The definitive guide to using Docker as a local development environment (part 2)
This article assumes you have read part 1. If you haven’t yet, make sure to read it first.
In this part we will focus on the following points :
- How to setup a database in your development environment?
- How to open more than 1 terminal instance?
1. How to setup a database in your development environment?
Having a sandboxed web server is fine, but most of the time it relies on a database for persistence. Let’s see how to create a MongoDB container.
Doing things manually
docker-compose build and done, right? Wait…
The better way: use the directory
While the above would eventually work, this is definitely not the docker-way of doing this. The great thing about Docker is that besides offering a lightweight virtualbox, it also provides access to a huge directory of setup scripts: the DockerHub.
There you will find all the Docker images that the community accepted to share. It works like Github: if your image is meant to be public (= open source) then hosting is free, if it needs to be private, you will be charged a fee. In our case, we simply need to download an official image so no registration is required.
No wonder that you will find several that setup MongoDB. There is even an official one.
So you can enter the MongoDB docker using the following
docker-enter. But is it really what you want to do?
Connect Mongo to your Node Docker
Most of the time, what you need is the database server to remain unchanged, and simply let your server connect to it, right?
This is where
docker-compose really shines. Go back to your app
docker-compose.yml and add the following:
You can now run
docker-enter and see what is going on:
The Mongo Docker gets pulled because it is not yet present locally. Once it is done, yai, you are inside a virtual machine with NodeJS installed on it and a MongoDB connected to it.
This is great! But before we continue, can’t you think of some improvement we could make on the app
Yes! You are correct: instead of installing manually NodeJS, why not using the official Node Docker, just like we did for the Mongo one?
Let’s edit our
Now you’ll have to rerun
docker-compose build (otherwise the previous version will be used) and then
docker-enter. You are getting good! :)
Accessing Mongo from you app
I have told you Mongo is connected to your app, but until now you mostly had to trust me about this. How do I check that?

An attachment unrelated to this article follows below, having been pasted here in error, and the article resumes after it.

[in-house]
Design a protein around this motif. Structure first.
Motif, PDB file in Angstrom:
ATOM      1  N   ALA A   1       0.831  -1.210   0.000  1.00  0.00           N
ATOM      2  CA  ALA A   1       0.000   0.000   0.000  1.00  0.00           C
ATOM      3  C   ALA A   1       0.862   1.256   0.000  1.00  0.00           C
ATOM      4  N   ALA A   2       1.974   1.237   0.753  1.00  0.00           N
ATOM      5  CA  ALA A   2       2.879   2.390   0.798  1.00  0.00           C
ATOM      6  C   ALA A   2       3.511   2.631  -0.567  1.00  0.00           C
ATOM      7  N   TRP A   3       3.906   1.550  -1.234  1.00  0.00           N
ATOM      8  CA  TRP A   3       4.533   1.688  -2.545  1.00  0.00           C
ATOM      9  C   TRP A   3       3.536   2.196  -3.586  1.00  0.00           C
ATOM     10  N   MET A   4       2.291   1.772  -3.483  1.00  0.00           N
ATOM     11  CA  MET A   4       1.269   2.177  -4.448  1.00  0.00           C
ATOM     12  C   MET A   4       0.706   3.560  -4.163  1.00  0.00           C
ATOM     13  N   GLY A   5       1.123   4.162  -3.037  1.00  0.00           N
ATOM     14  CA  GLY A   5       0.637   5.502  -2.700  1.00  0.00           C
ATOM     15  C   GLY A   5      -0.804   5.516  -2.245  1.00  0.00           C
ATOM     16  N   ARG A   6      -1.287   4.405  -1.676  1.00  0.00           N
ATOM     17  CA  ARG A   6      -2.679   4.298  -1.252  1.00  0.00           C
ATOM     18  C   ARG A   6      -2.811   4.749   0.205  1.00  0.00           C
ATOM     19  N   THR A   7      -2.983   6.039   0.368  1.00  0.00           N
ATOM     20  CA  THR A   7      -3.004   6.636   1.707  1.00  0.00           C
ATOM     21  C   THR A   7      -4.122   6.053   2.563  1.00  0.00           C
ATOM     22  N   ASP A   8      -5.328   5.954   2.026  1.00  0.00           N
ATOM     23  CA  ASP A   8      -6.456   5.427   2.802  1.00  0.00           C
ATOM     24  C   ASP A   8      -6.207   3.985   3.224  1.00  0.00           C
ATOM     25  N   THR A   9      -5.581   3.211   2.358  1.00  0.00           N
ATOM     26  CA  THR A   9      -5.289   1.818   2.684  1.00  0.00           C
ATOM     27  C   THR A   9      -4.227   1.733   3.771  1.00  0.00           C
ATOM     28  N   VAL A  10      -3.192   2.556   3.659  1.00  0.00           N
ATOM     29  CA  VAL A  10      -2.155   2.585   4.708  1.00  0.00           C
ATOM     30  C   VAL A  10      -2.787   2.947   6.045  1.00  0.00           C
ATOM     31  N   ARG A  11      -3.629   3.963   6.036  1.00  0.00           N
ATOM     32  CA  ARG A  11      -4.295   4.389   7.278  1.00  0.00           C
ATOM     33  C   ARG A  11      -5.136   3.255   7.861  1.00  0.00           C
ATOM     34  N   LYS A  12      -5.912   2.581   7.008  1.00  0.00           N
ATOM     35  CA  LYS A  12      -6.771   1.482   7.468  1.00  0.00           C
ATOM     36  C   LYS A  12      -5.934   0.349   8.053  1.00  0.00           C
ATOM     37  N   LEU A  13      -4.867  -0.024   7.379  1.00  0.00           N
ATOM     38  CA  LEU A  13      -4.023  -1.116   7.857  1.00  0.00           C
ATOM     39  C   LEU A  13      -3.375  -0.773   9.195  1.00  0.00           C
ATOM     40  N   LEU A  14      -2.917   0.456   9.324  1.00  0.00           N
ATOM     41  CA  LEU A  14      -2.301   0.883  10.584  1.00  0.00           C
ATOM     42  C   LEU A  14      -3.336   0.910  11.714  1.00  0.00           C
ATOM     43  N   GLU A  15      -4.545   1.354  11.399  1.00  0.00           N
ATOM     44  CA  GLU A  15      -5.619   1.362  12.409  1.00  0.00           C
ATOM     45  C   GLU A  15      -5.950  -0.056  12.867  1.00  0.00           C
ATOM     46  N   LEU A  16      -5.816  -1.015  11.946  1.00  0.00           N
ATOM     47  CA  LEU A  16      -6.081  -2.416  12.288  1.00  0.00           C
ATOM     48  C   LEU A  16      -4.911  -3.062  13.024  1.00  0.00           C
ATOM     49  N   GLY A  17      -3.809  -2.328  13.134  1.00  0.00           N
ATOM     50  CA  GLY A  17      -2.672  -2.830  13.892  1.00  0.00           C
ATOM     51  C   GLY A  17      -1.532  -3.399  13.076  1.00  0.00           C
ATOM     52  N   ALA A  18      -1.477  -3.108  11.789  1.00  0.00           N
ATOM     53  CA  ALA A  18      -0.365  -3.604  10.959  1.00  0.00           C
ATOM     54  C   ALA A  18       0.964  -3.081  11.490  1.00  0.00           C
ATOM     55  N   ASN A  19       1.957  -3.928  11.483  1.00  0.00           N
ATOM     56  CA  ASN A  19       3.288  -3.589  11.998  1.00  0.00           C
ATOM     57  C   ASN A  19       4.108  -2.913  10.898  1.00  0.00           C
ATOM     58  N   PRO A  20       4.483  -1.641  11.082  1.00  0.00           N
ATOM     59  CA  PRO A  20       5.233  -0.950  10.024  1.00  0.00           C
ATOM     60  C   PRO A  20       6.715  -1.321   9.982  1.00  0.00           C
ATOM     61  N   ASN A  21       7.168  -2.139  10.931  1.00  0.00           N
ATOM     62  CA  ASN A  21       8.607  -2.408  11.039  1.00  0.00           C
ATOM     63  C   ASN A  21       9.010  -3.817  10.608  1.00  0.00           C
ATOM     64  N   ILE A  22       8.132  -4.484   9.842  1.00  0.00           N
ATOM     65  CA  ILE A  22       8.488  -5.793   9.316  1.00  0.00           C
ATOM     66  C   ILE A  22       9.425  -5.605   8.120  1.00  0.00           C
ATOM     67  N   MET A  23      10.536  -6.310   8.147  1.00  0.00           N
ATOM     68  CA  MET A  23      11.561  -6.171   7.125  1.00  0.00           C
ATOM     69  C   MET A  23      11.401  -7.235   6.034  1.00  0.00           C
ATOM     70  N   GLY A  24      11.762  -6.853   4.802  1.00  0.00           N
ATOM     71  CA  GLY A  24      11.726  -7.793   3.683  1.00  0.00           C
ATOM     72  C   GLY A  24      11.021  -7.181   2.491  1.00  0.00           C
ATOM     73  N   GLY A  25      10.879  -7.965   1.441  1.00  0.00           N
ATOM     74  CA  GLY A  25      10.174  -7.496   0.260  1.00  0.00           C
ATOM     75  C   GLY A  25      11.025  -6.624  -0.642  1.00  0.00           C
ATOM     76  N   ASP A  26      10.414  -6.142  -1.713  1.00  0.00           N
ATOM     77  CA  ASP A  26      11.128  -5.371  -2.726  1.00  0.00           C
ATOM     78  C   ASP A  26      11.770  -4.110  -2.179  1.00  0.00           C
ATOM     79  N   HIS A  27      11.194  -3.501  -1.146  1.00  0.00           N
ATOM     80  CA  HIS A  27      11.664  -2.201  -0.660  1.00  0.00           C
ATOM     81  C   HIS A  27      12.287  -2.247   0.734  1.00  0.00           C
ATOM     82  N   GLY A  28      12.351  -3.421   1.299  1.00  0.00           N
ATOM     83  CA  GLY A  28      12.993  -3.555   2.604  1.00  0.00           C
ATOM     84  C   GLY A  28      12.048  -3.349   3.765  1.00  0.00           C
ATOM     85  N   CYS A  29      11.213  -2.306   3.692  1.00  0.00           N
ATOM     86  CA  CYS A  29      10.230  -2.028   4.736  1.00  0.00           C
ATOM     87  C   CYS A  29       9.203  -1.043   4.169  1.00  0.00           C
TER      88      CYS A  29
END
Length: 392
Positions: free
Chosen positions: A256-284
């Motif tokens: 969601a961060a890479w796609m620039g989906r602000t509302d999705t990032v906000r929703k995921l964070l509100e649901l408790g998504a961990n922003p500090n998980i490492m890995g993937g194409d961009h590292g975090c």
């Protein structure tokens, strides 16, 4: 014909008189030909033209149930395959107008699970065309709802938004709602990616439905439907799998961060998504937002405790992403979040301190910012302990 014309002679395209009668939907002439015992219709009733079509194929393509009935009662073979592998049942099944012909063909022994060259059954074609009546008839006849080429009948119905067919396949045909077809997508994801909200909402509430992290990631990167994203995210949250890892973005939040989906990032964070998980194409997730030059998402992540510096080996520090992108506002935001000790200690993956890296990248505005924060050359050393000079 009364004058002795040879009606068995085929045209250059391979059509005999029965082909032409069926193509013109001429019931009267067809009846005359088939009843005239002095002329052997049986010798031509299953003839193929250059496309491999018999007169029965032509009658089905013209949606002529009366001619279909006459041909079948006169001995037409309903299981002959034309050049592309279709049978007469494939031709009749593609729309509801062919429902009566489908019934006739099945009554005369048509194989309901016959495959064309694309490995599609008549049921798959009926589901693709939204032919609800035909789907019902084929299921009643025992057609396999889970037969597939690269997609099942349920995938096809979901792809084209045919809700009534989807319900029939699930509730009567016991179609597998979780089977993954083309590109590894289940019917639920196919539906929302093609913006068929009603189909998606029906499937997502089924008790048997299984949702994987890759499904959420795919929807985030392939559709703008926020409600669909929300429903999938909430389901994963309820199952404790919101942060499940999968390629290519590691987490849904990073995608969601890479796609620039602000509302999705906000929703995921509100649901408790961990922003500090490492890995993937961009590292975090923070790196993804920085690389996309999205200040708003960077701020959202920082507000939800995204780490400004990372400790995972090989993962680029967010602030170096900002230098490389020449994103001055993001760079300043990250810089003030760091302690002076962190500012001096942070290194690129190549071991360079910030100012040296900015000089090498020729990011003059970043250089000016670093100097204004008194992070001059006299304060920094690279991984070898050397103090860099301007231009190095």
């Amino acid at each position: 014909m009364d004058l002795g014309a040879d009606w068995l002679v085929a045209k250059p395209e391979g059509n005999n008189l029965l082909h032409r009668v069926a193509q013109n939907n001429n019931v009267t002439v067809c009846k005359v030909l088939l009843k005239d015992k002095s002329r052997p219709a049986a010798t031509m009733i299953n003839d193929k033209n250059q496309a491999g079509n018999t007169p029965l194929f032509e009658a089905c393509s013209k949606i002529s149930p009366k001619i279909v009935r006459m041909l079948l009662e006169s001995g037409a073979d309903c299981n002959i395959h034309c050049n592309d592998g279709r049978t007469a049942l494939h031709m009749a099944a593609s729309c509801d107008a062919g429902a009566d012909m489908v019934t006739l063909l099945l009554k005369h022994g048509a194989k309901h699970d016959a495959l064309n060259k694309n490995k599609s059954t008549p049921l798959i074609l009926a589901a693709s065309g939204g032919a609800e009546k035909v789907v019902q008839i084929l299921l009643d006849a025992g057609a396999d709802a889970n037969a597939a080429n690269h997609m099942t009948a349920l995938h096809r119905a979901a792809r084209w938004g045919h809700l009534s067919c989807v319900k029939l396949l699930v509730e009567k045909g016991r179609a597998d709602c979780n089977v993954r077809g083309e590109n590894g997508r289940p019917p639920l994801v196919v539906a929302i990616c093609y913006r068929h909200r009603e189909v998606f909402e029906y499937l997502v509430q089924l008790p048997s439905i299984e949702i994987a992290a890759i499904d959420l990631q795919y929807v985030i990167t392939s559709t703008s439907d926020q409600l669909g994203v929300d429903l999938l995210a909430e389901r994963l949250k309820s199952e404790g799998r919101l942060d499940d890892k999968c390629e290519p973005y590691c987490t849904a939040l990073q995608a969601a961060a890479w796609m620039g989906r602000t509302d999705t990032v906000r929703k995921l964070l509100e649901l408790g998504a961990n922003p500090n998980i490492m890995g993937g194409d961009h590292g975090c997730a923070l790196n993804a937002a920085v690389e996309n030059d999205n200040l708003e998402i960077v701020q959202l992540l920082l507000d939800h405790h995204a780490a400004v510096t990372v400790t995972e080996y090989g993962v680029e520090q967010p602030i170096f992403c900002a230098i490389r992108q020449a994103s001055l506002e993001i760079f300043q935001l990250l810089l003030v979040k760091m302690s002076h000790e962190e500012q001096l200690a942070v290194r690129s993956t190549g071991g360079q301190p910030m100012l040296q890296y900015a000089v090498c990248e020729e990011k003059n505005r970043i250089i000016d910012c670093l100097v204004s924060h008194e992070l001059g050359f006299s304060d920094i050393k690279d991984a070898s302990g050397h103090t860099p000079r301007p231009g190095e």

Ouch, that’s a lot of things. Don’t worry we don’t need it all. What interests us is the Mongo IP and port, respectively
How to bring this into NodeJS? You already know how to do this I’m sure:
Inspired from the MongoDB doc, edit your
index.js this way:
And try it:
Persist the data
Docker containers are meant to be disposable. Wipe and rebuild’em as often as you want! Just like softwares: when you open your browser, your photo editor, the calculator, or any software, it starts and then live until being closed. The only things that remains after this lifecycle are files.
Well in the application world, the server is the software, and the database is the file: you want to make it persist so that you have to signup in your local environment each time you want to work with it.
There is a solution to achieve this: your working directory is what remains between docker executions, your source code. Why not also set the database content there?
Let’s configure it for the above Mongo DB:
Add this folder to your
.gitignore otherwise you will commit all your database content to your source code
docker-compose.yml, add the
volumes entry to the
db block that matches the location of the MongoDB content:
Unfortunately there is not 1 solution for all databases since each database system stores the data at different location. To find the solution for your DB simply google
where is data stored in <DB Name> or
how to make <DB Name> data persist docker and you will find it.
2. How to open more than 1 terminal instance?
So I got a server with its persistant database running. Fine, but that’s not all I need when I work locally. Most of the time, I also need to run scripts, to watch for files, open a console etc. So I need another terminal. Without stopping the server, let’s open a new terminal tab and go for:
Ouch doesn’t work. Why? Well message is pretty clear: the port 3000 is already allocated to your other docker instance. That’s when our second alias comes into play. Try typing instead:
In there, you will be able to configure every thing you need: your webpack build, run the beautiful
rails console, resize your images etc.
Pro-tip: You need to be aware that the context of this new container does not share context with the server one. They both start in the state of the last build. It means if you run
apt-get install vim in an instance, it won’t be available in another one. As mentionned above, the only thing that is shared is the content of the shared folder: your app working directory.
Final word (for now)
From this, you should have several keys to being able to work locally with docker. If you are having some trouble, please comment this article and I will definitely help you around. If some regular questions arise, I shall edit my article or write a third part. Docker is a huge project, there are tons of possible ways to use it, so be aware that this content was simply introductory and very opinionated from my usage.
Some docker experts might even consider this is non-sense, as this was not what Docker was created for. And so what? I have been surprised of the few litterature available on the topic and this is what took me to write this, after some time practicing by myself.
Finally, let me suggest you a last alias:
Because despite the
--rm option that is supposed to remove the instance after it has been run, sometimes you won’t exit things correctly, and some instances happen to remain ghosts on your laptop,
docker-clean will remove those.